The sartorial noted, but all round media maker, Dan
We think so because we've been conditioned so. The futurist media maker or student must entertain different ideas.
The very act of me listing the aforementioned suggest the use of genres. But how did these become what they are and do they still hold? That's a thesis in itself, so I'll be very brief.
In a world of collapse media, thanks in part to the Internet and more probing heuristicism, constructivism and internationalism, much has happened to the unit discipline. Blogging might be just a platform, but it encourages a diffusion of forms: literary criticism, features and commentary pieces - all find their way in
I need to honour the names above to push my argument. In film, we call on documentaries, news, features and feature films. These definitions guide us into modes of understanding and acceptance.
This is a good example. When you want a salami sandwich because you like salami, you don't want to be given something that looks like Salami, but isn't.
We need specifics, and the media is no different. The audience demands it. "download this photo montage", "watch this amazing film", but the audience largely cares less whether the author happens to write nonsensical riddles for a living or plants rose bushes - all worthy professions.
However it's the profession that holds to the division and while this worked at some point, some of those core reasons are now defunct. This is not a reason against specialisms. We need those, but the argument against genre-specifics is weakening.
This morning a visiting Chinese scholar had a question he needed to get of his chest. Why is it that many institutions do documentary, when the graduates will unlikely do documentary in their first jobs; more likely news.
It was a loaded question, though not intended. I can't speak for others, I said, but the assumption you're making is that a two minute news piece has little to do with a documentary. If we fail to make the connection, then that must be so.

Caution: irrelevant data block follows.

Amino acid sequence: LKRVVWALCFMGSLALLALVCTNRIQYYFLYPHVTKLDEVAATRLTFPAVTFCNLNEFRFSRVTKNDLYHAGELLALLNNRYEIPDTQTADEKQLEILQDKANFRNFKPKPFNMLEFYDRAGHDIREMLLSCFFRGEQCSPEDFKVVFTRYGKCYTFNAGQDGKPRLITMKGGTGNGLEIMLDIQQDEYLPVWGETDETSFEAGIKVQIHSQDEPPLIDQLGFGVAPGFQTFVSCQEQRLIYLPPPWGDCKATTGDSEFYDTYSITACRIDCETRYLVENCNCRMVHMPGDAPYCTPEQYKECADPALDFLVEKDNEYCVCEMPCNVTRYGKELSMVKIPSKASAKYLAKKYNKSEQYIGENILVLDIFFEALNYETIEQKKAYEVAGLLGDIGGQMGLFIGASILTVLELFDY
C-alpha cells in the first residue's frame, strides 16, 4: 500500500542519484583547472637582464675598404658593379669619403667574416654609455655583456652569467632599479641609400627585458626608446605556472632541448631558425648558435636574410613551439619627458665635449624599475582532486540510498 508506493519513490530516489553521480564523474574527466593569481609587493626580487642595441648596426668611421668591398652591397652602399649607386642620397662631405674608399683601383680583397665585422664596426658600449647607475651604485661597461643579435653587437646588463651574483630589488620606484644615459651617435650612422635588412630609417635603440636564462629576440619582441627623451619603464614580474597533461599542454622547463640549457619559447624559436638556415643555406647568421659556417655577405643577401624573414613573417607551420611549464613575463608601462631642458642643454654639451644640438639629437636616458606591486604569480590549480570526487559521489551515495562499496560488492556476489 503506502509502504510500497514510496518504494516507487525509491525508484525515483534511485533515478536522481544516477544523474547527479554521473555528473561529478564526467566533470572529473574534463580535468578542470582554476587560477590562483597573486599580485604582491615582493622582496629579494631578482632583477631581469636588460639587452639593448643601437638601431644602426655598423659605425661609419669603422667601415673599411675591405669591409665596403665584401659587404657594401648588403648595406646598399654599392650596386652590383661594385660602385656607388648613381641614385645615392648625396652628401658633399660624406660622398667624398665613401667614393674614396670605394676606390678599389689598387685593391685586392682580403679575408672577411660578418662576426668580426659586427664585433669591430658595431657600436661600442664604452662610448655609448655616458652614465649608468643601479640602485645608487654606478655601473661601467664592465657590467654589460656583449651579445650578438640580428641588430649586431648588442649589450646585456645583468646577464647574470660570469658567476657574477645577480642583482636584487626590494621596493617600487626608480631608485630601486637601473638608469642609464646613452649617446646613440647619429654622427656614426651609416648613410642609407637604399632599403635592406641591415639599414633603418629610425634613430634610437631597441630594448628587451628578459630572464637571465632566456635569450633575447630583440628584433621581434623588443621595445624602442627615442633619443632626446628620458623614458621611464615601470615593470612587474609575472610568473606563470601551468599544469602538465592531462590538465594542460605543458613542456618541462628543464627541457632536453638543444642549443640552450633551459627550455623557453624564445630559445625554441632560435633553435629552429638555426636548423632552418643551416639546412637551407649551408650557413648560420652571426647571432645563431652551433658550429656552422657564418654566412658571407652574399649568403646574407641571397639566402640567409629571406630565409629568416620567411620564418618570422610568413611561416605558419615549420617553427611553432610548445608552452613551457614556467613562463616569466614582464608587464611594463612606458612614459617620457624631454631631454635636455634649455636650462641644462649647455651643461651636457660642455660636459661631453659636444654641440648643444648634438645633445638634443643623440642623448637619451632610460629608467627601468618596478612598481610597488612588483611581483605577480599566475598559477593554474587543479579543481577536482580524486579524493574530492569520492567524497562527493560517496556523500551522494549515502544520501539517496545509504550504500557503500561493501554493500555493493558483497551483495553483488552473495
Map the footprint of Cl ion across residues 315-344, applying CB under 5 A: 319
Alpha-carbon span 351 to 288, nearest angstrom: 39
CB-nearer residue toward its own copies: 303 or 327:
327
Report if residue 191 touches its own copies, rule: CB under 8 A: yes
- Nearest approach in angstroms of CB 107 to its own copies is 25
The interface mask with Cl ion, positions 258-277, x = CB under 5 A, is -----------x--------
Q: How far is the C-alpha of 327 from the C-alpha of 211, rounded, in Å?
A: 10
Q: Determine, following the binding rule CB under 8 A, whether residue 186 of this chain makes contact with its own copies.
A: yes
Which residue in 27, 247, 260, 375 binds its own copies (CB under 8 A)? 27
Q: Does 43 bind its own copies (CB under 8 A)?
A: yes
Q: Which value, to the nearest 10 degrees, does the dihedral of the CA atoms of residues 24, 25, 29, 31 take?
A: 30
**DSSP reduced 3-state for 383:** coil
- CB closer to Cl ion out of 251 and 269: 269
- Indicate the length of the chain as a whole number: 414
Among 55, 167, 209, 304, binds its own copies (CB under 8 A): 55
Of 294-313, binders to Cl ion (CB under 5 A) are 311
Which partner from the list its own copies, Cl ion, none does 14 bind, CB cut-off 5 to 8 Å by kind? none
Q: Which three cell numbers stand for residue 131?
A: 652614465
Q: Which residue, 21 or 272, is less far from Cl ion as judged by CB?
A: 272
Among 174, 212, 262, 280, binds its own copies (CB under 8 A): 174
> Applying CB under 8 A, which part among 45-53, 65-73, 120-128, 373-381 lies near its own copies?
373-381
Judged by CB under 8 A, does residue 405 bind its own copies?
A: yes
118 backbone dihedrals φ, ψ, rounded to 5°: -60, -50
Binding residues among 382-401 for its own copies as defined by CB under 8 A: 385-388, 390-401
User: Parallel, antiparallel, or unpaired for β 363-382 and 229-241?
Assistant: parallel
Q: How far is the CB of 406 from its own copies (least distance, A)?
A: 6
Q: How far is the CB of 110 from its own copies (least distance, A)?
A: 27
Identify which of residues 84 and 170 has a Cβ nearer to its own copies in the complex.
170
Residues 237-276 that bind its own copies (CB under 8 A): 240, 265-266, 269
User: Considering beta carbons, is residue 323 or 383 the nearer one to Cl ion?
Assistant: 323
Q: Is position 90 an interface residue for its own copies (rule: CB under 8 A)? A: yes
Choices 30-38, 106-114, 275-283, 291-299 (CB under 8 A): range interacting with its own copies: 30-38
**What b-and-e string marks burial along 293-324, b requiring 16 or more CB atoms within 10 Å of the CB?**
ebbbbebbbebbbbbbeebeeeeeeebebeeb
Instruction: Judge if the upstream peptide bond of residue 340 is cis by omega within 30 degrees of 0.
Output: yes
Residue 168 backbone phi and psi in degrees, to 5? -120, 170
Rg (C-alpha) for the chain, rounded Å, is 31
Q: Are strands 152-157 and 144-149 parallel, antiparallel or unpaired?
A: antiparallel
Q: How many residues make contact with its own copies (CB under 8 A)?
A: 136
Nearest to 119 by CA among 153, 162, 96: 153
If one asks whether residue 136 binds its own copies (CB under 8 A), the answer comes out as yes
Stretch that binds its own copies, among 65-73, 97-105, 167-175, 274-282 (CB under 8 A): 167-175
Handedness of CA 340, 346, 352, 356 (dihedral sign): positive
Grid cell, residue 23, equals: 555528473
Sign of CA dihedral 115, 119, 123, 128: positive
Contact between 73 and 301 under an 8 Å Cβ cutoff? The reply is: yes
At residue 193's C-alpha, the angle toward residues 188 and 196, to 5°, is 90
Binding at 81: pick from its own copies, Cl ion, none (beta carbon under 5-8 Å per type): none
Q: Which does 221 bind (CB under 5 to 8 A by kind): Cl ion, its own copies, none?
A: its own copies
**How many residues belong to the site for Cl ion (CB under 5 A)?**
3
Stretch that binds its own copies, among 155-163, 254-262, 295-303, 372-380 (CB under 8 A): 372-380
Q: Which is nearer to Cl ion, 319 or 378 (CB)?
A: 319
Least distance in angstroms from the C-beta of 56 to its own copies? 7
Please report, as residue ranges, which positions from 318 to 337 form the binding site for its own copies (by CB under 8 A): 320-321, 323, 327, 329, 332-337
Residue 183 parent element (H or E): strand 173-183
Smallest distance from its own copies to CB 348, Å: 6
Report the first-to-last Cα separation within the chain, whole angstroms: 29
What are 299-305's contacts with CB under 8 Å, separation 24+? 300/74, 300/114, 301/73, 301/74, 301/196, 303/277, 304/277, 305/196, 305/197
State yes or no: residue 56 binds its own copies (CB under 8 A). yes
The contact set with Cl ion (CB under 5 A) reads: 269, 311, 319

But they have common features, more so than perhaps what separates them - which we tend to emphasise. They use a medium of the moving image, they use a language of moving images, either explicit or implicit, they involve technical and symbolic elements.
Their differences seem obvious - that one is lengthier than the other, and one is new whilst the other isn't. These conventions have held long enough for them to be defined accordingly- they sell books and the rest. Yet, whilst I might need them to define work, or submit work to others, in practice they are the same.
Film lengths present a case for a logic, which has become convention. 90 minute - an arbitrary figure - was marked as the norm. The reasons? Hollywood execs figured it was the right length to hold the attention of the audience.
Today, that length can vary from a Warhol's 8 hours and 5 minutes "Empire", to one minute film. Similarly, TV New went through the same angst. Bosses were terrified anything past two minutes would have the viewer reaching for the "off" button.
It is no coincidence that the heritage of producers, and production houses that delivered anything from promos to six part series has now evolved into a cadre of multi-skilled individuals.
It's likely in the near future we may internally discard these designed-terms as a generation of new journalists ignore these boundaries and just go about creating media. - even when the clients and audience still hold these terms dear